Lindsay Tjepkema: A lot of people that might be listening are, and I get asked all the time," What does this look like? What do I need? What does my team need to look like?" And I think that that's a really great structure, is to have you as the host and Evangelist, that's your role. And I think that that's a role that a lot of podcast hosts for branded podcasts play. And then to have somebody who is that superstar behind the scenes. Because guest management takes a lot of time doing the research for and about the guests ahead of time, rescheduling quite often, and just doing all of those logistical things. I think it really is important, whether it's someone internal or external, that's doing all that behind the scenes stuff. Because as the host, if you tried to take that all on, especially if you're someone like you, or like me, or a lot of other hosts, that have a lot of other things going on, it can become overwhelming really quickly. So how would you translate that to advice for others who might be looking to set up their team for a podcast from crosstalk perspective?
Eric Boduch: Yeah, I would just say unless you're doing it full- time or close to full- time, it's definitely great having a guest manager. And someone that helps out with distribution, like Natalie does. With the social, and the promotion, and et cetera. I think we could probably do a lot better. It's an asset inside ProductCraft, which is a digital magazine for product managers, that Pendo sponsors, puts together. But we could probably take it in and give it its own external presence, and we'd probably get a lot more traffic than we do today. But just having Natalie here, and a person like that in general, around to do that guest management, to help with the distribution, and the promotion, and to oversee kind of the whole process is super helpful. But it really just comes down to a person's time. I mean, when I was doing this on a monthly basis, it wasn't really a big deal. If I was publishing one a month or even two a month, it was manageable. As it moved forward, trying to do it on a weekly basis, it became unmanageable without her as an asset. And then having a good audio engineer that makes the sound quality as good as you can. One of the things I always struggle with is decisions around doing them over Zoom, like we're doing this one today. Or trying to do ones in person. And ones in person, I think, ended up coming out a little bit better. But it's just, with limited budgets, like a lot of us have in order to do podcasting, it's hard to either fly guests in or fly out in order to record podcasts. So, there's trade offs.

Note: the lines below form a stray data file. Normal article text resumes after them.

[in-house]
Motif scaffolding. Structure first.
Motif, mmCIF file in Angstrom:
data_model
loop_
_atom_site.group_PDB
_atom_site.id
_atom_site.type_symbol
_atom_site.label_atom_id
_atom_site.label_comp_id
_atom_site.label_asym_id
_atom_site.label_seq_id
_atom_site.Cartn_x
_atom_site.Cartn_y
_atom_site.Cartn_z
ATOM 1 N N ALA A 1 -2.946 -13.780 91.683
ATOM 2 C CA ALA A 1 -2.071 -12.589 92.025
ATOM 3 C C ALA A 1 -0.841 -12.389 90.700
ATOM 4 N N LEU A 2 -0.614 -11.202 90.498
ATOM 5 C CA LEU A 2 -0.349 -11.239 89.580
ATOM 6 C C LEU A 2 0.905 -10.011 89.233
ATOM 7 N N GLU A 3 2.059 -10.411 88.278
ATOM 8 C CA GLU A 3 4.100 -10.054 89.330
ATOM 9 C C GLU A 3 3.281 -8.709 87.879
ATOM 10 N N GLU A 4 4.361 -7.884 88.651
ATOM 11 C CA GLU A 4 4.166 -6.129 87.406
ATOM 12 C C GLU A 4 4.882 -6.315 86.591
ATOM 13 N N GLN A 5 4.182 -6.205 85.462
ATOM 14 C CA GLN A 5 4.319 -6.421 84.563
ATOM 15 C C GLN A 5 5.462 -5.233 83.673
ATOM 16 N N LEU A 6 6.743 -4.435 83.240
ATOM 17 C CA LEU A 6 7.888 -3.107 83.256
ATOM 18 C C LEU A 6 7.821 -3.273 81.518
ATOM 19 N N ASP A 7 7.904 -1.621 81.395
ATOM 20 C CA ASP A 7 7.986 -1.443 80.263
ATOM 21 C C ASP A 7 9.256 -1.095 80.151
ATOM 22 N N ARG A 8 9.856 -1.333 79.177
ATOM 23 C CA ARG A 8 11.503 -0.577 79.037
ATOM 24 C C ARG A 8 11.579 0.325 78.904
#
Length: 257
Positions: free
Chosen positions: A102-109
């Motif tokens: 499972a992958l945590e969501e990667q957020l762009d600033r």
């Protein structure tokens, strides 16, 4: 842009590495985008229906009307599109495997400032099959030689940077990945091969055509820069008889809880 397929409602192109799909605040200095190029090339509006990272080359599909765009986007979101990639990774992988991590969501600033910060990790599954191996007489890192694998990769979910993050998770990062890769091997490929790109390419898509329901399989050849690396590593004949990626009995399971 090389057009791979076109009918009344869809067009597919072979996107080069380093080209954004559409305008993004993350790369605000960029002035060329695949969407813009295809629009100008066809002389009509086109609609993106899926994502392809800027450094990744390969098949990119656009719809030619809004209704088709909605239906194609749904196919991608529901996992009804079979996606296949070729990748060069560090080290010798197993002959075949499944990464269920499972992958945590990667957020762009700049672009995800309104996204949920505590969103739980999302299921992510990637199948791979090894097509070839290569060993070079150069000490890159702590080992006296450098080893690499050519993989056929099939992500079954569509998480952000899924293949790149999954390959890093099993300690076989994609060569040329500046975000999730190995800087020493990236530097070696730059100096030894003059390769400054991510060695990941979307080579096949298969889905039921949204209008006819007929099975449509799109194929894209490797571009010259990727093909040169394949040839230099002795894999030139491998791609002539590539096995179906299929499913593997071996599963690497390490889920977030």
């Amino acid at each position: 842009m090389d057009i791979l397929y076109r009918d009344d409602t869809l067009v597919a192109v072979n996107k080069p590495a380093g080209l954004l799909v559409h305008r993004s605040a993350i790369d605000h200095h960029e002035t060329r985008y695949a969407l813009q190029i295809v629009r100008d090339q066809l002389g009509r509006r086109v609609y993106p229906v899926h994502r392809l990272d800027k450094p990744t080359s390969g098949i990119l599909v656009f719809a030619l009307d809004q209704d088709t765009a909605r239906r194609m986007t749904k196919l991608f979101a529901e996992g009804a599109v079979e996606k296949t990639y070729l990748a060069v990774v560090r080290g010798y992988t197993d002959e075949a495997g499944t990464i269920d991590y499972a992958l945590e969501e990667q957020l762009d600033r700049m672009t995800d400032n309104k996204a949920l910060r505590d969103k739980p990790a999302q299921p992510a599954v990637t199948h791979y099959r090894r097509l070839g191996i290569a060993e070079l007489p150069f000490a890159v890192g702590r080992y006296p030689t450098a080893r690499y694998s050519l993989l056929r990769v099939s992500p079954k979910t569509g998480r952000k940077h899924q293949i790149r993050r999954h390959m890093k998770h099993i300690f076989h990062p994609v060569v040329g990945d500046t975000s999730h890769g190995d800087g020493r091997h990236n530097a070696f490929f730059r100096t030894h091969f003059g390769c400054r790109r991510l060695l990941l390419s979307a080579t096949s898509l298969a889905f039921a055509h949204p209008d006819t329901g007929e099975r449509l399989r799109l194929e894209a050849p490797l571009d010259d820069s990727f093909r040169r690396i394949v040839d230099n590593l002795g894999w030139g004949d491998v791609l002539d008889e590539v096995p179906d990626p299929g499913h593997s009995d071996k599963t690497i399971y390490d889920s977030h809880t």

Lindsay Tjepkema: Yeah, for sure. And I think it's important to note too, that that's a different technical setup too. I mean, you go from one mic to two mics. You go from a room that's fine for just one person to one that can seat two, three, four people. Going back to something else you said that I think is also really important for people who are thinking about creating a show. And that is aligning the host with something that naturally aligns with their subject matter expertise. I mean, you are, as you mentioned, your background is product. So you're the host of a product podcast. So that makes perfect sense. The question, the dialogue, the conversation is something that would come naturally to you over lunch, over coffee, over drinks anyway. Whereas you take someone who just happens to be the face of the brand or the natural forefront, front person, and you put them on a podcast just because they're the front person doesn't necessarily mean that it's going to come naturally. So tell me a little bit about your thoughts on that, and aligning the host with the subject matter of the podcast.